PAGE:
Flint, Mich.--General Motors officially sought bankruptcy protection on June 1 by filing what is known as a "Chapter 11" bankruptcy petition. That means that it will emerge from bankruptcy by selling its "viable" assets to a new corporation. GM has declared that it had $82.3 billion in assets and $172.8 billion in liabilities. The bankruptcy court schedule requires the sale of the viable assets to the new corporation by July 10.
The new corporation will be owned 60.8% by the U.S. government, 11.7% by the Canadian government, and 17.5% by the VEBA (Voluntary Employee Beneficiary Association) trust fund set up to cover healthcare expenses of GM hourly retirees (not by the UAW as is erroneously reported), with the balance of the common stock going mostly to existing bondholders.
A VEBA establishes a trust fund to provide for life, sickness, accident and other benefits. GM will have no obligation to provide healthcare benefits for retirees beginning Jan. 1, 2010.
The VEBA trust fund is also getting $6.5 billion in preferred stock and an IOU for $2.5 billion. The VEBA trust fund has the right to designate a member of the GM board of directors with the consent of the UAW. However, the VEBA-designated member must vote as directed by the "Independent Directors" on the board.
Although the VEBA has no real control, this arrangement pits current workers against retirees because continued payments to the VEBA trust fund only come from the surplus value extracted from the current workers. Pension benefits are not in danger, but retiree healthcare benefits will, beginning next year, depend entirely on the health of the VEBA healthcare fund.
The presence of the government is far more of a burden than a benefit to GM workers. To get the first bailout money, GM signed a "Loan and Security Agreement" with the Bush administration last Dec. 31 that required "labor modifications" in the form of "compensation reductions" and "work rule modifications" by March 31, 2009. The agreement also provided that the loan would be canceled if there was a strike.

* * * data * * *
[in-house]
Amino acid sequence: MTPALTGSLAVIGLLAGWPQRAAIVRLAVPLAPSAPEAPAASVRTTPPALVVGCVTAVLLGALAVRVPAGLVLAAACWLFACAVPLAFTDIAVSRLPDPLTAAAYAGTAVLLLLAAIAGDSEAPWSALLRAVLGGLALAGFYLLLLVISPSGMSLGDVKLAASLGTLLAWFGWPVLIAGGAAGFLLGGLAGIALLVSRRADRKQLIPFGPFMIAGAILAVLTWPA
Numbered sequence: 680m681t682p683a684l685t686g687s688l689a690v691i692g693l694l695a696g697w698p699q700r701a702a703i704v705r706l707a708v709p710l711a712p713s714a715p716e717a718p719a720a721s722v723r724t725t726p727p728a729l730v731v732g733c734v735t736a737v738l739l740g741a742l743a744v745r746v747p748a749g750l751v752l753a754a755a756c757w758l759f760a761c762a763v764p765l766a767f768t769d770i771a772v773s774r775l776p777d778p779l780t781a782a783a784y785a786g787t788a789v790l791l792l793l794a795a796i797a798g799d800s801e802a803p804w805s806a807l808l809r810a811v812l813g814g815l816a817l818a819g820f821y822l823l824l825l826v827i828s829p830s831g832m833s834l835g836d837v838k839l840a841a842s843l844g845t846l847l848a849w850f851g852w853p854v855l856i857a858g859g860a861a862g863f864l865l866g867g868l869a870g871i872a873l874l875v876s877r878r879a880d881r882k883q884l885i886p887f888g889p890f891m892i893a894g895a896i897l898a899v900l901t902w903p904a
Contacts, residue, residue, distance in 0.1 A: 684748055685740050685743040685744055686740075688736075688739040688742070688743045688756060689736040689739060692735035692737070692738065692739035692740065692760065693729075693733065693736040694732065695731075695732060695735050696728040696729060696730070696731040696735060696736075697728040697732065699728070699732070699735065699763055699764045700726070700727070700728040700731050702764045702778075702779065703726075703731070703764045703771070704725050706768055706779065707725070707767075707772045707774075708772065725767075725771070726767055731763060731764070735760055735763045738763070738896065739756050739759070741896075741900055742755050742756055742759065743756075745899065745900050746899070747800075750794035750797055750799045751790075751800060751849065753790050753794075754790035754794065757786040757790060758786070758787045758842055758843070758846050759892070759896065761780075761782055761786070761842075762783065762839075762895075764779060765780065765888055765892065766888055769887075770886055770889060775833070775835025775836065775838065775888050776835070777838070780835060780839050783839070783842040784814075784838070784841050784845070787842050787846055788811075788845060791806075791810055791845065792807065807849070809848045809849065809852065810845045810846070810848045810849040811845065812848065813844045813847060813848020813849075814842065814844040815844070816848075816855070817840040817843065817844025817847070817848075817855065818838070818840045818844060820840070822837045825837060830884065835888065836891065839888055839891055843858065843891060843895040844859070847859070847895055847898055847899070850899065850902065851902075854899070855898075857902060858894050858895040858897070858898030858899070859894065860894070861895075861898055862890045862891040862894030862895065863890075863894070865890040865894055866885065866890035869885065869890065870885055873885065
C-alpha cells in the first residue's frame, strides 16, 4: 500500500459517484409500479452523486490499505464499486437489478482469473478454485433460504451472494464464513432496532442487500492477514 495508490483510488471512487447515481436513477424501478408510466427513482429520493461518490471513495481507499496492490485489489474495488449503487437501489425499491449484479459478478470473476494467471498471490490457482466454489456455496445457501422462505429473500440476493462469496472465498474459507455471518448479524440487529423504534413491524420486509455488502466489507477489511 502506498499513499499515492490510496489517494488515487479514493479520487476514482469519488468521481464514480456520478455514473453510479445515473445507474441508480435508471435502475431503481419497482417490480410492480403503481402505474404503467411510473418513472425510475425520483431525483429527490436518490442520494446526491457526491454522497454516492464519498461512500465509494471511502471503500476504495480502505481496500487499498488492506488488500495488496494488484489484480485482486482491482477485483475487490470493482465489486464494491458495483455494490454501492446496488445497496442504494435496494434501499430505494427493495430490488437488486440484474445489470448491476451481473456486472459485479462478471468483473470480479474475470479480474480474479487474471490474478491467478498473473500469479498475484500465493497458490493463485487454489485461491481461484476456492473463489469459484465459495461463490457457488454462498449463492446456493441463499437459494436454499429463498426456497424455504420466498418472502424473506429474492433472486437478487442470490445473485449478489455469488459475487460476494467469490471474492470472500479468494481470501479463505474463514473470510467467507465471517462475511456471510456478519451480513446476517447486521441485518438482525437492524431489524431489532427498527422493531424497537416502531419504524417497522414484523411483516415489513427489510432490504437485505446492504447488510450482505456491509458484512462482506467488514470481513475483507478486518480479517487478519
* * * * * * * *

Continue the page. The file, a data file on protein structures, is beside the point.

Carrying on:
The Obama administration did not change those conditions. On March 30 it issued a report claiming that GM had not done enough to meet the terms of the loan agreement. Among other things, GM "legacy liabilities" (pension and retiree healthcare costs) would become a serious burden in 2013. It was under this pressure that GM forced the UAW to reopen the 2007 four-year collective bargaining agreement for further concessions.
As recently as June of 2008, the Auto Spectator reported that GM had improved productivity consistently over 15 years, based on "The Harbour Report North America 2008." At that time total labor hours per vehicle had been reduced to 32.29, including assembly, stamping, engine and transmission manufacturing.
The perspective governing the UAW has been that of restoring GM to viability. That may not be possible, and there is no reason to believe that the relentless attack on labor will abate when GM emerges from bankruptcy. The rate of profit for all manufacturing in the U.S. has declined for many years, despite productivity gains. More accurately, it has declined because of productivity gains, since an ever smaller work force has to produce more and more surplus value.
Published by News and Letters Committees